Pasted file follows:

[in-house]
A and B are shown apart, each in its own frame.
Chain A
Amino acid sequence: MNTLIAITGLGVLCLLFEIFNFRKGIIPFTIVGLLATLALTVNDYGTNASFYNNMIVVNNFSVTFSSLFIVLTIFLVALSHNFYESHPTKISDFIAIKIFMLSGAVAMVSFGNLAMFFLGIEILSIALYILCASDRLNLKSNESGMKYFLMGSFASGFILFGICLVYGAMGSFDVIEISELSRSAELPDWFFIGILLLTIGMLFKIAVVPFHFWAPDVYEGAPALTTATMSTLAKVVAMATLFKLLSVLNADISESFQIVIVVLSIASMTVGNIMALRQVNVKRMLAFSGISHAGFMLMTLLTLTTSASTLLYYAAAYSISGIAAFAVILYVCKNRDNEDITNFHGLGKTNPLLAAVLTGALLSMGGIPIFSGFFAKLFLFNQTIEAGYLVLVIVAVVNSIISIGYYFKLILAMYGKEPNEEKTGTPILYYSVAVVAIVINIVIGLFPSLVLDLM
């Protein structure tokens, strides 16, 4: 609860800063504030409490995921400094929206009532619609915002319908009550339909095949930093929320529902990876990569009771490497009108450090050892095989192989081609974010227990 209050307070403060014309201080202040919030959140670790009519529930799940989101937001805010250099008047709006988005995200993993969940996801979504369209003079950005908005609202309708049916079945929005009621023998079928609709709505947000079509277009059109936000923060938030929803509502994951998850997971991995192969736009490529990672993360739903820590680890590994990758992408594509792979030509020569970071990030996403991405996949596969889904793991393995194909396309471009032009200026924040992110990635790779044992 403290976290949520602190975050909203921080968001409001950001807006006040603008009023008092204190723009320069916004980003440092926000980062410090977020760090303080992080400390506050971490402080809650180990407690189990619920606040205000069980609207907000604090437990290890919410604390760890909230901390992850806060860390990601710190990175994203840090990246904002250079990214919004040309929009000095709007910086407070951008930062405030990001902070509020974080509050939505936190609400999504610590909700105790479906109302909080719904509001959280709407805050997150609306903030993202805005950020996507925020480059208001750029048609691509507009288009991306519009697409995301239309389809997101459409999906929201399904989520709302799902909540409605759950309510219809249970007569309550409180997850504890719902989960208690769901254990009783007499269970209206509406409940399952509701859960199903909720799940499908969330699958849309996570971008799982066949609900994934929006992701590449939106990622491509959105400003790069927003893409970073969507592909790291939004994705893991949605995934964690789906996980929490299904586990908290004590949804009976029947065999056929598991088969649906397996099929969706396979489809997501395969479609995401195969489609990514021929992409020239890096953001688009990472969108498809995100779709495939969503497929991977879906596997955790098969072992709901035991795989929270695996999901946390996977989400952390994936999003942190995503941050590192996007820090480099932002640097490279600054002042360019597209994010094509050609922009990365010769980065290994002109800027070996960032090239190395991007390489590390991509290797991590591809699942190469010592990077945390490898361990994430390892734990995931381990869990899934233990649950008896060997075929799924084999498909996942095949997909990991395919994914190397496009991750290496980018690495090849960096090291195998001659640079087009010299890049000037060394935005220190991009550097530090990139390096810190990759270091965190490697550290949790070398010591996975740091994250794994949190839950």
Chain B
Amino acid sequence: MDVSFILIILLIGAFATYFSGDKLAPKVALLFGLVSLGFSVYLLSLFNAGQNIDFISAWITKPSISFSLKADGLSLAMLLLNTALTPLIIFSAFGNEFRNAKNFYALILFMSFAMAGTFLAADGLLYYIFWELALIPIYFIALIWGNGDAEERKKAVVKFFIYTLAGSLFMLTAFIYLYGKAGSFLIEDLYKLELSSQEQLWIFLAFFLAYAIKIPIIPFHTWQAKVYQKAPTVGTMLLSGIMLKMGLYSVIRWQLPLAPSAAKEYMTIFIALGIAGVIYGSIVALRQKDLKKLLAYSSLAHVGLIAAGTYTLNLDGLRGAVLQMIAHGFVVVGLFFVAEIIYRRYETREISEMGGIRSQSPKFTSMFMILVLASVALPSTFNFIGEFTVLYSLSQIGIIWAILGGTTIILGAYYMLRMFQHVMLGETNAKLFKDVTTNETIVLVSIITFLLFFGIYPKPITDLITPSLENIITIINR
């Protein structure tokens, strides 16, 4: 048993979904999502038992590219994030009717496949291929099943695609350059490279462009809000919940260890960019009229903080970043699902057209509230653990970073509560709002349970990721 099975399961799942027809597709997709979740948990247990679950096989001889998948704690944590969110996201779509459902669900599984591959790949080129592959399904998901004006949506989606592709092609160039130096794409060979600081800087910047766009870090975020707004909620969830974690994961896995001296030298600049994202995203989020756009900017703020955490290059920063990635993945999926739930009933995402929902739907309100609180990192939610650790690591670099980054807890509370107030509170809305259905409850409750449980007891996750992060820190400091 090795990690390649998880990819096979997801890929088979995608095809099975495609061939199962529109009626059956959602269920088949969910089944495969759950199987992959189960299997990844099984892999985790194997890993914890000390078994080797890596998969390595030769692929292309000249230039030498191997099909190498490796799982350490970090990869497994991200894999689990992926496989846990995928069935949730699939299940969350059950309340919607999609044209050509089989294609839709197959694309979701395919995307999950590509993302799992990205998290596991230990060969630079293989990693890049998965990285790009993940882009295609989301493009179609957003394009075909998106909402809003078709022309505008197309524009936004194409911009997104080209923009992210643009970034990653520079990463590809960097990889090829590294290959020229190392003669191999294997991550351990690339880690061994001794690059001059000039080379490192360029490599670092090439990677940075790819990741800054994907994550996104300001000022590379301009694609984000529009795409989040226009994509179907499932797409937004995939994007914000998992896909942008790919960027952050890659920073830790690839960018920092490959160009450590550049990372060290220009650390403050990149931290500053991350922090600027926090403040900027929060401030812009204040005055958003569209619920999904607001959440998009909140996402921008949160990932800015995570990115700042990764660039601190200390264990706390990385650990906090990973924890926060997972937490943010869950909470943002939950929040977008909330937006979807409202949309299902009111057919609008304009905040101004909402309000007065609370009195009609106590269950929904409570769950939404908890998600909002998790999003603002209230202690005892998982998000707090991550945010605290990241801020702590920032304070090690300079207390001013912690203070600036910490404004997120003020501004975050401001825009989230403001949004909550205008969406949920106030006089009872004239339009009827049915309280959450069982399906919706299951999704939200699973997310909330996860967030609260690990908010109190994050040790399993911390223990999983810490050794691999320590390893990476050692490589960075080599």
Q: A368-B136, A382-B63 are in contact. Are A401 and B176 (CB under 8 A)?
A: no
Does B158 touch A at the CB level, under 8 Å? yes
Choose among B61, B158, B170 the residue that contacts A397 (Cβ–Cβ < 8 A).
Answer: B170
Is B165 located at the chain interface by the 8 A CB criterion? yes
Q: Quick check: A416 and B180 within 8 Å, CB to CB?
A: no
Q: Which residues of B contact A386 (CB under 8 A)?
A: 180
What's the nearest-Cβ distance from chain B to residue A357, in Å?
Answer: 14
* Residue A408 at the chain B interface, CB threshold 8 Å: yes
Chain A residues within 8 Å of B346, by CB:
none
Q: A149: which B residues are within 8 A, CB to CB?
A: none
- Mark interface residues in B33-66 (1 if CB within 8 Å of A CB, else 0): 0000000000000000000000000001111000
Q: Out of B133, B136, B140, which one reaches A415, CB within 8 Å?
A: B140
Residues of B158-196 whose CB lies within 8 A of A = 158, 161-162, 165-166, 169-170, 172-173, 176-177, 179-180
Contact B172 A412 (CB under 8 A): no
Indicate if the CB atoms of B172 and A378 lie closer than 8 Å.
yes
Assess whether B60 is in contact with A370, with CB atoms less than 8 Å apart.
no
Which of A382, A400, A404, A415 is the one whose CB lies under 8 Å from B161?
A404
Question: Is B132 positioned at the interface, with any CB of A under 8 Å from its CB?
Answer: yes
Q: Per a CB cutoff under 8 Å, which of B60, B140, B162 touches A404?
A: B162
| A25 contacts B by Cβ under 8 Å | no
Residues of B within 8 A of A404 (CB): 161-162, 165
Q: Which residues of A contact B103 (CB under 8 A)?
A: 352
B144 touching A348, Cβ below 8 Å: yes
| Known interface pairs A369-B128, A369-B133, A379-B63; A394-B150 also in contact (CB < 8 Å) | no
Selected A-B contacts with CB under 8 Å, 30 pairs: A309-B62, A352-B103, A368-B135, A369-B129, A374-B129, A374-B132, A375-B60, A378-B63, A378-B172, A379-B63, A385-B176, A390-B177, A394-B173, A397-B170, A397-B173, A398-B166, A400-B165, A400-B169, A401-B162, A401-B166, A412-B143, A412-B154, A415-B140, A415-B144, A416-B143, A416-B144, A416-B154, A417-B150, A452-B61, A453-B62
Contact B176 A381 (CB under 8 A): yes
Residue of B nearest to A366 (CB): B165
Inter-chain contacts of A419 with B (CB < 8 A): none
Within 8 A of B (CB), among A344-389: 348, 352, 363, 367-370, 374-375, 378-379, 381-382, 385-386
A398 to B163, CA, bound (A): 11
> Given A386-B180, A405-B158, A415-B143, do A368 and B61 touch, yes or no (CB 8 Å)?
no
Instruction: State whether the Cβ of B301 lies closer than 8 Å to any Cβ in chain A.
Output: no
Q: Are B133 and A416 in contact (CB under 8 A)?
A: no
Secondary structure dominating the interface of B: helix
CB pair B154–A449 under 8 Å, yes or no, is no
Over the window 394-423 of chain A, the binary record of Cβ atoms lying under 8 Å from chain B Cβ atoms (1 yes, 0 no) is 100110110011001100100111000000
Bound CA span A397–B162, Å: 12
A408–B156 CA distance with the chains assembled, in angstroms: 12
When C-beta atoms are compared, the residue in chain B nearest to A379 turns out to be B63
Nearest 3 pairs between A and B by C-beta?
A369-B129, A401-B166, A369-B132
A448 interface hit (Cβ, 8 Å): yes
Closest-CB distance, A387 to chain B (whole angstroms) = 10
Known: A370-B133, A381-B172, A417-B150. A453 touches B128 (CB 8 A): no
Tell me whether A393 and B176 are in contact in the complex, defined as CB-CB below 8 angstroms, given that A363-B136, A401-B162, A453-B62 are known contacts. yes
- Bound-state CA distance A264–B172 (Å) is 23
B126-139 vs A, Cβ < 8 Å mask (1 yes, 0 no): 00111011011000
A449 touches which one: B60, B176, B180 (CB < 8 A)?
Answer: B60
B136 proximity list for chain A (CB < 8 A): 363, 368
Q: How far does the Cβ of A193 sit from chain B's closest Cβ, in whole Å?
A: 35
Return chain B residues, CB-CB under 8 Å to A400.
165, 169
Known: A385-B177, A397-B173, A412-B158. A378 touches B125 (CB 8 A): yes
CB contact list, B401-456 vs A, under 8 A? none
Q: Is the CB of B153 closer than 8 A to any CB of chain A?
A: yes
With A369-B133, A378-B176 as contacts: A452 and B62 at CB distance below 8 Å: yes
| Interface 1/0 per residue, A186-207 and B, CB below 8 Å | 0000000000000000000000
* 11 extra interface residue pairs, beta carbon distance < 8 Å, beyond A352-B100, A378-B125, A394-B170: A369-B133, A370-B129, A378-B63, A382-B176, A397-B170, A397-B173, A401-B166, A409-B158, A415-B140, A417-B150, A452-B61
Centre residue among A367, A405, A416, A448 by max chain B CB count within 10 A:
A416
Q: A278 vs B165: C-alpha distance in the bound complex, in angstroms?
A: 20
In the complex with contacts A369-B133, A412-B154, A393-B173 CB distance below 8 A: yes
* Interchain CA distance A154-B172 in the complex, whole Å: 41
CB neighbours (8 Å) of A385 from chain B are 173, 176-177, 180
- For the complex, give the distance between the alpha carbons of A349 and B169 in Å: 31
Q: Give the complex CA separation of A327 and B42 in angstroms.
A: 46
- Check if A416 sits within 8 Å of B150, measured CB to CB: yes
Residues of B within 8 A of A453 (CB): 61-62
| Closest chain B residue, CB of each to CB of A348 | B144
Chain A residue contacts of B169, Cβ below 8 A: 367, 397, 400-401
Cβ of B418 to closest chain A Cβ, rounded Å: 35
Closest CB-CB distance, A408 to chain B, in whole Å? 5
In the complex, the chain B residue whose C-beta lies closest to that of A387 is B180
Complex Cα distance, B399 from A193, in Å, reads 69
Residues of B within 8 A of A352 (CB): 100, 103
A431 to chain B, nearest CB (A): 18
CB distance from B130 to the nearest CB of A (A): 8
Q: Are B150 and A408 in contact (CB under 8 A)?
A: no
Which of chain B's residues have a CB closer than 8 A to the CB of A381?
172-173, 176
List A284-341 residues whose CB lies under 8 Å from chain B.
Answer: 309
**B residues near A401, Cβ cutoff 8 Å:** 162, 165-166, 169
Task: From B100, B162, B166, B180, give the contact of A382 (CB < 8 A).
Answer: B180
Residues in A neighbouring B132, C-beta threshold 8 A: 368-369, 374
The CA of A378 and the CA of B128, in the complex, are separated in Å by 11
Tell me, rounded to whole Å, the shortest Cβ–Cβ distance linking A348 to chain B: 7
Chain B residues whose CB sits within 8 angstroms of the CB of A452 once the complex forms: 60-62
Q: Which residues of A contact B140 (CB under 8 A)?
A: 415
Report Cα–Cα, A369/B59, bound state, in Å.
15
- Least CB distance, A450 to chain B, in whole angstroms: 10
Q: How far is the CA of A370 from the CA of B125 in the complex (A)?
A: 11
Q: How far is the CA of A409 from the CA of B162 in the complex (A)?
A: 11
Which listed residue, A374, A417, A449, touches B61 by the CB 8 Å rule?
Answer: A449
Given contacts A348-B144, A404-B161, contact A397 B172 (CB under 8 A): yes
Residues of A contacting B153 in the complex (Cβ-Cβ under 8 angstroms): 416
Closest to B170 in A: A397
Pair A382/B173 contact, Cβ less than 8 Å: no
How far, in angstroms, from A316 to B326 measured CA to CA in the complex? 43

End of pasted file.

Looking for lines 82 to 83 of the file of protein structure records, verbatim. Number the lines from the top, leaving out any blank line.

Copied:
Q: Is the CB of B153 closer than 8 A to any CB of chain A?
A: yes